Tuesday, November 3, 2020

Lakier on Freedom of Speech beyond the First Amendment

Genevieve Lakier, University of Chicago Law School, has posted The Non-First Amendment Law of Freedom of Speech, which is forthcoming in volume 134 of the Harvard Law Review:

The First Amendment dominates popular and scholarly debate about freedom of speech in the United States. Yet it is not the only legal instrument that protects expressive freedom, the rights of the institutional press, or the democratic values that these rights facilitate. A rich body of local, state, and federal laws also does so, and does so in ways the First Amendment does not. This Article explores the history, and the present-day operation of what it calls the non-First Amendment law of freedom of speech. Doing so changes our understanding of both the past and the present of the American free speech tradition. It reveals that the nineteenth century was not a period in which there was little legal protection for freedom of speech, as scholars have long assumed. It also makes evident that the contemporary system of free expression is much more majoritarian, and much more pluralist in its conception of what freedom of speech means and requires than the we commonly assume. Recognizing as much is important not only as a descriptive matter but as a doctrinal one. This is because in few other areas of constitutional law does the Court look more to history to guide its interpretation of the meaning of the right. And yet, the Court’s view of the relevant regulatory history is impoverished. Missing from the Court’s understanding of freedom of speech is almost any recognition of the important non-constitutional mechanisms that legislators have traditionally used to promote it. The result is a deeply inconsistent body of First Amendment law that relies on a false view of both our regulatory present, and our regulatory past — and, as a result, is able to proclaim a commitment to laissez faire principles that, in reality, it has never been able to sustain.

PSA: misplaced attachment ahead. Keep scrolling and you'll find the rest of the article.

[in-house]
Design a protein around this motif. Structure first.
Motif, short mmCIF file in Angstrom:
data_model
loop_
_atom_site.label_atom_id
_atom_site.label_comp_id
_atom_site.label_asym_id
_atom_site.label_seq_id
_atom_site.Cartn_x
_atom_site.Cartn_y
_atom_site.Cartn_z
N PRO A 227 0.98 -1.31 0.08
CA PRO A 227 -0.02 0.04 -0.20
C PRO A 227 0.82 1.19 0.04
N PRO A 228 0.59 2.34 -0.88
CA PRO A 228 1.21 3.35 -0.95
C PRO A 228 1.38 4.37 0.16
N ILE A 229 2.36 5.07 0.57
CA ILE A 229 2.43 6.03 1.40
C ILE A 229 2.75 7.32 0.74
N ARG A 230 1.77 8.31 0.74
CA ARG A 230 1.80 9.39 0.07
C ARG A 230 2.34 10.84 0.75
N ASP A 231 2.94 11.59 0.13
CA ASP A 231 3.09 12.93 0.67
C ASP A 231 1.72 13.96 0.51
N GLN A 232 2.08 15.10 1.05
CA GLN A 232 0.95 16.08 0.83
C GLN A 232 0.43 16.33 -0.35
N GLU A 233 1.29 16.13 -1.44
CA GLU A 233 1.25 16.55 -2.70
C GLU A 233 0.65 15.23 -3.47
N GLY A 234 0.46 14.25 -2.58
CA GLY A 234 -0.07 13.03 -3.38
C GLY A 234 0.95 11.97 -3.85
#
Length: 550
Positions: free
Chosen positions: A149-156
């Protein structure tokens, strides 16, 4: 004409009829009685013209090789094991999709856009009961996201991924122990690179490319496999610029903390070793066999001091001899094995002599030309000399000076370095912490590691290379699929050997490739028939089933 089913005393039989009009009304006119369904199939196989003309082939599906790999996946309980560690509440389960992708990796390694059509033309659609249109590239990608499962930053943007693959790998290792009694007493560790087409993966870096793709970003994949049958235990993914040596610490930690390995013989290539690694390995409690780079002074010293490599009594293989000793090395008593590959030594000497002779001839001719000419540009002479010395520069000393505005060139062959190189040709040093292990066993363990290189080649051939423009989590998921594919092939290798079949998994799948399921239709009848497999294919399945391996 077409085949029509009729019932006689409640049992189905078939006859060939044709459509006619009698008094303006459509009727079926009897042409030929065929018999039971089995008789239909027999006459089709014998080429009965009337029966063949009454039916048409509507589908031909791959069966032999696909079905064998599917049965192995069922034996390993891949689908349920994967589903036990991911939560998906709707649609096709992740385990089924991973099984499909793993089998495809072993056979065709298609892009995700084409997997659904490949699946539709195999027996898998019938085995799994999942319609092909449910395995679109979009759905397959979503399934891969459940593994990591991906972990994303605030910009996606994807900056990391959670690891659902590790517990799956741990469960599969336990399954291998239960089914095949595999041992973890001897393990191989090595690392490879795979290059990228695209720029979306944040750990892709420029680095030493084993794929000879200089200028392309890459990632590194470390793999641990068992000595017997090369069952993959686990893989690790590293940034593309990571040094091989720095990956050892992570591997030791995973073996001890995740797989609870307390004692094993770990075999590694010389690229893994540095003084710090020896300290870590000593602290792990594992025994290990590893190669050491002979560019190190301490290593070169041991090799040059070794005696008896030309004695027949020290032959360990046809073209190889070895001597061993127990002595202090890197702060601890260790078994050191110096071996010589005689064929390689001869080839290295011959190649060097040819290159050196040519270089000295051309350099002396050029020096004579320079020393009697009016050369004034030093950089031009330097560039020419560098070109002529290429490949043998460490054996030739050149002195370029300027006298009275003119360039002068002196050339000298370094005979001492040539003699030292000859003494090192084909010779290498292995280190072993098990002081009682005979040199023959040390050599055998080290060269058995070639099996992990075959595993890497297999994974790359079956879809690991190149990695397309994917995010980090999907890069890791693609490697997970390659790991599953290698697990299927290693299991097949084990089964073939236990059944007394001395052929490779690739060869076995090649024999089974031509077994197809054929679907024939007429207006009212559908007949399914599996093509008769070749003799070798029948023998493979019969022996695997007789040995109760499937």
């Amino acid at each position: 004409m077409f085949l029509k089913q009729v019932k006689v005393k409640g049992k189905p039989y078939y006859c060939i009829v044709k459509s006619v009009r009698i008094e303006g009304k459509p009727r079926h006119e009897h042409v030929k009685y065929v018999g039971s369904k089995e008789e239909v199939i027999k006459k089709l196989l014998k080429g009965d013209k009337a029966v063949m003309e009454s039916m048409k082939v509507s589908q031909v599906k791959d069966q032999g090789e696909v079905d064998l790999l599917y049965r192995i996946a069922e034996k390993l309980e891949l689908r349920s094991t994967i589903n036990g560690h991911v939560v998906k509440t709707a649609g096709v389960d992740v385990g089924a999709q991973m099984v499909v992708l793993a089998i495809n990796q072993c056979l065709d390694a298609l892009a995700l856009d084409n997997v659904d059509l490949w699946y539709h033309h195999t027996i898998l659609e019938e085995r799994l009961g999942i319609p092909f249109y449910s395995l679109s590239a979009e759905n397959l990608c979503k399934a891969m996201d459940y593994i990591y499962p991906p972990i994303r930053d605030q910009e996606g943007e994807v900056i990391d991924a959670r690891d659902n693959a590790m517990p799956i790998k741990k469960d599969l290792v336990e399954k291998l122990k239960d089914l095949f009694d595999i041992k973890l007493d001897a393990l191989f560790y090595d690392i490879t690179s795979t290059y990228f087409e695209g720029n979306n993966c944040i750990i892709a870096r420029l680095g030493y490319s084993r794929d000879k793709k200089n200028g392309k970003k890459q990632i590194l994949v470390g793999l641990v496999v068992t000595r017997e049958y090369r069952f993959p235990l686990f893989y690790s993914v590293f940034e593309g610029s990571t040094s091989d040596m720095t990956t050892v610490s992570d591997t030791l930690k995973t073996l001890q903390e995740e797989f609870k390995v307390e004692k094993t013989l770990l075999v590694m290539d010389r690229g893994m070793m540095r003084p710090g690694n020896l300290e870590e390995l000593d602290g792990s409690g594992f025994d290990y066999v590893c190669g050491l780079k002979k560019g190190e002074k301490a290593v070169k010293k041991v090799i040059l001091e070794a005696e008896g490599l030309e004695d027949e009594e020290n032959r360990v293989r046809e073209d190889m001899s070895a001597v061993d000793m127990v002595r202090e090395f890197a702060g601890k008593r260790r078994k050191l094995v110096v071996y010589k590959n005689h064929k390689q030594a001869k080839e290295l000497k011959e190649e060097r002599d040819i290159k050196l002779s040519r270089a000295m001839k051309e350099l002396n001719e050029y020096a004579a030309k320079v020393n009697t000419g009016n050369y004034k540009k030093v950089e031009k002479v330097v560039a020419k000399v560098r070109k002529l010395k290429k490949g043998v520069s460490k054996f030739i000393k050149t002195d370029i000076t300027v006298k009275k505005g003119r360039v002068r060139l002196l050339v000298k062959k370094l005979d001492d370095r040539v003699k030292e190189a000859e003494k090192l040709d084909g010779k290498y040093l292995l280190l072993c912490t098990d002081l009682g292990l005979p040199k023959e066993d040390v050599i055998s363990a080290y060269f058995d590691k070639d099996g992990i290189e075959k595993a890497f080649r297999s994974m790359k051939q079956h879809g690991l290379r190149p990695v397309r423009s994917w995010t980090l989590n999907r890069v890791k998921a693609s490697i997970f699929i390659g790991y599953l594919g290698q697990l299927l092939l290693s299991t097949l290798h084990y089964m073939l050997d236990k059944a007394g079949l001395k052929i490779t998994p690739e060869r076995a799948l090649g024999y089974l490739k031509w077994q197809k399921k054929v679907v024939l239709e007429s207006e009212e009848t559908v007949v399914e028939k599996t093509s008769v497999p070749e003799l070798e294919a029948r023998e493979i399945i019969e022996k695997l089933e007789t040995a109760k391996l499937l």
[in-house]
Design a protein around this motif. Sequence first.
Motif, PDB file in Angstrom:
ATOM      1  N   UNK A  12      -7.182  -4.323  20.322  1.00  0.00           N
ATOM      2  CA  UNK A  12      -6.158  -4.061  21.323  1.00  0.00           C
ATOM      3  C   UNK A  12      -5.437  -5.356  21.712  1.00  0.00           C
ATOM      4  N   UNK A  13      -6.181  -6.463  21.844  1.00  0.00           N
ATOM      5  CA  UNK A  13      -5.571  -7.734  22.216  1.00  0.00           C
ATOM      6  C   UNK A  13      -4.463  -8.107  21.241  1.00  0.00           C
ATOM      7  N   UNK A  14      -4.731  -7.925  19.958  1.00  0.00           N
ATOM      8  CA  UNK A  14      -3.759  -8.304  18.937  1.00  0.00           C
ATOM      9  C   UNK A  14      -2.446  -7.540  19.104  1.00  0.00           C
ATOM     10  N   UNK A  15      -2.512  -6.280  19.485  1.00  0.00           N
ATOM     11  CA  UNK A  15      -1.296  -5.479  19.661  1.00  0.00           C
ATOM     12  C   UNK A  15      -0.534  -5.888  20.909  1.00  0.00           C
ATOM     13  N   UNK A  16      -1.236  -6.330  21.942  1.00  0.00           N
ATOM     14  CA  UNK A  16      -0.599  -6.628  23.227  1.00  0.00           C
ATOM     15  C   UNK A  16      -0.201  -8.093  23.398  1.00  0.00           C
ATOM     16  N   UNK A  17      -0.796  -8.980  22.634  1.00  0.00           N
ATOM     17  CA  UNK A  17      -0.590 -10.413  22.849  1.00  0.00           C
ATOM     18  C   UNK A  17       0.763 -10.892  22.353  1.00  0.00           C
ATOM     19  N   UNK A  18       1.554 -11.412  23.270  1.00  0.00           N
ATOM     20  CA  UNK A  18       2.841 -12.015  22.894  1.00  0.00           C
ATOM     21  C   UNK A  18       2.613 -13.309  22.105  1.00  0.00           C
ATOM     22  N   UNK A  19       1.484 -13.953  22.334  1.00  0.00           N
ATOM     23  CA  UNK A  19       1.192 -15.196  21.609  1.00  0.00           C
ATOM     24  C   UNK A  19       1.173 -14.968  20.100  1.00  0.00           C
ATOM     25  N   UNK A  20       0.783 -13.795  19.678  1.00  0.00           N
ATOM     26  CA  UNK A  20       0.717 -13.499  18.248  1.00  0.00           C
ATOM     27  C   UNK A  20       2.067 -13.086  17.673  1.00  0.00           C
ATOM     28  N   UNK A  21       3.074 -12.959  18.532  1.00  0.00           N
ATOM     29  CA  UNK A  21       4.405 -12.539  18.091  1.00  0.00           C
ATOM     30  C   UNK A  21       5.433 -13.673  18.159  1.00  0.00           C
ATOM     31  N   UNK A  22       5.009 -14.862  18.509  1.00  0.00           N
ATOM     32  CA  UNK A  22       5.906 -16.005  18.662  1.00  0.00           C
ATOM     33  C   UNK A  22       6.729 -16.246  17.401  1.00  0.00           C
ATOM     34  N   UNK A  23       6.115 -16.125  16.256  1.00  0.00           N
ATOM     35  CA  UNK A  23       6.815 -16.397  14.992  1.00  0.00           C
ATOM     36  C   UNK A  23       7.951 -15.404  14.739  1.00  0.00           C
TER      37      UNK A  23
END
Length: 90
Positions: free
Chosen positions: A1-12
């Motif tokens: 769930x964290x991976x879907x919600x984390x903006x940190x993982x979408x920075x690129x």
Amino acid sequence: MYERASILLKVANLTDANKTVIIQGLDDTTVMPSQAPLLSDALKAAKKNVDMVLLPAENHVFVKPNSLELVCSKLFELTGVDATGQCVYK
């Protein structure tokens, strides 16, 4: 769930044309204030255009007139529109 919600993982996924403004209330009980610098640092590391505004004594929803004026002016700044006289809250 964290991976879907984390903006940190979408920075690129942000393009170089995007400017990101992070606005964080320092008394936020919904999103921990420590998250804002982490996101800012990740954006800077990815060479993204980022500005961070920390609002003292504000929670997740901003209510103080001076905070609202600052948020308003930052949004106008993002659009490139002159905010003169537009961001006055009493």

--Dan Ernst